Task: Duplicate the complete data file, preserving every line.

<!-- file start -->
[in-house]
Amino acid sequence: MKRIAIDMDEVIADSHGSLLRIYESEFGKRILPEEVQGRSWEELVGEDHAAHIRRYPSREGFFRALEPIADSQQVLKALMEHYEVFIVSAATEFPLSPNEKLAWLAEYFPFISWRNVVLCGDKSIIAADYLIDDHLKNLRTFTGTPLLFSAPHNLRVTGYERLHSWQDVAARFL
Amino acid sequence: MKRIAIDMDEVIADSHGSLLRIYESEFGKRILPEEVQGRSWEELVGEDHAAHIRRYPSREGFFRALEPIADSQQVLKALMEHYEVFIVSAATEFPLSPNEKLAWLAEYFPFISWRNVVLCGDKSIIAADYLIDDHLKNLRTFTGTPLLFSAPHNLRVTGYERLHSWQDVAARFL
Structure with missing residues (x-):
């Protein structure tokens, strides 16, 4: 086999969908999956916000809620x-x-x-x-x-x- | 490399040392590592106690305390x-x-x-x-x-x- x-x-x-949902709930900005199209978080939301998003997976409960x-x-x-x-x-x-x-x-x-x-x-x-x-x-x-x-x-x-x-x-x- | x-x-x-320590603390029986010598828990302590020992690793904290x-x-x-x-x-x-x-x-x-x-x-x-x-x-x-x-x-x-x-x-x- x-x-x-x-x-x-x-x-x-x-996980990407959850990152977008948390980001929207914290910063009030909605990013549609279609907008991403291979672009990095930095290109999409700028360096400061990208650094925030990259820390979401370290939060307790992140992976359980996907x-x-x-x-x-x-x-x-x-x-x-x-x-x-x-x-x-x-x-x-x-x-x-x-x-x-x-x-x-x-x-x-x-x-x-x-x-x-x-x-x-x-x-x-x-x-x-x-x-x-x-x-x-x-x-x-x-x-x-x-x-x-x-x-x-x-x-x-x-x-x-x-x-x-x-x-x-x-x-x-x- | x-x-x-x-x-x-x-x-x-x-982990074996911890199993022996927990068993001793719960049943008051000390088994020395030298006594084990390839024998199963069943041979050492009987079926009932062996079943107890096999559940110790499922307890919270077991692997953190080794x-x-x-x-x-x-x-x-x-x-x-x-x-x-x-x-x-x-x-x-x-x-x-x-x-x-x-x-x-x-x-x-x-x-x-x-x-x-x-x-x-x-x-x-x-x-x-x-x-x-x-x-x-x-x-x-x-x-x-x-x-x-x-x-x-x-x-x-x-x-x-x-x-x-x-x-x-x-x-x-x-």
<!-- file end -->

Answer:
[in-house]
Amino acid sequence: MKRIAIDMDEVIADSHGSLLRIYESEFGKRILPEEVQGRSWEELVGEDHAAHIRRYPSREGFFRALEPIADSQQVLKALMEHYEVFIVSAATEFPLSPNEKLAWLAEYFPFISWRNVVLCGDKSIIAADYLIDDHLKNLRTFTGTPLLFSAPHNLRVTGYERLHSWQDVAARFL
Amino acid sequence: MKRIAIDMDEVIADSHGSLLRIYESEFGKRILPEEVQGRSWEELVGEDHAAHIRRYPSREGFFRALEPIADSQQVLKALMEHYEVFIVSAATEFPLSPNEKLAWLAEYFPFISWRNVVLCGDKSIIAADYLIDDHLKNLRTFTGTPLLFSAPHNLRVTGYERLHSWQDVAARFL
Structure with missing residues (x-):
């Protein structure tokens, strides 16, 4: 086999969908999956916000809620x-x-x-x-x-x- | 490399040392590592106690305390x-x-x-x-x-x- x-x-x-949902709930900005199209978080939301998003997976409960x-x-x-x-x-x-x-x-x-x-x-x-x-x-x-x-x-x-x-x-x- | x-x-x-320590603390029986010598828990302590020992690793904290x-x-x-x-x-x-x-x-x-x-x-x-x-x-x-x-x-x-x-x-x- x-x-x-x-x-x-x-x-x-x-996980990407959850990152977008948390980001929207914290910063009030909605990013549609279609907008991403291979672009990095930095290109999409700028360096400061990208650094925030990259820390979401370290939060307790992140992976359980996907x-x-x-x-x-x-x-x-x-x-x-x-x-x-x-x-x-x-x-x-x-x-x-x-x-x-x-x-x-x-x-x-x-x-x-x-x-x-x-x-x-x-x-x-x-x-x-x-x-x-x-x-x-x-x-x-x-x-x-x-x-x-x-x-x-x-x-x-x-x-x-x-x-x-x-x-x-x-x-x-x- | x-x-x-x-x-x-x-x-x-x-982990074996911890199993022996927990068993001793719960049943008051000390088994020395030298006594084990390839024998199963069943041979050492009987079926009932062996079943107890096999559940110790499922307890919270077991692997953190080794x-x-x-x-x-x-x-x-x-x-x-x-x-x-x-x-x-x-x-x-x-x-x-x-x-x-x-x-x-x-x-x-x-x-x-x-x-x-x-x-x-x-x-x-x-x-x-x-x-x-x-x-x-x-x-x-x-x-x-x-x-x-x-x-x-x-x-x-x-x-x-x-x-x-x-x-x-x-x-x-x-």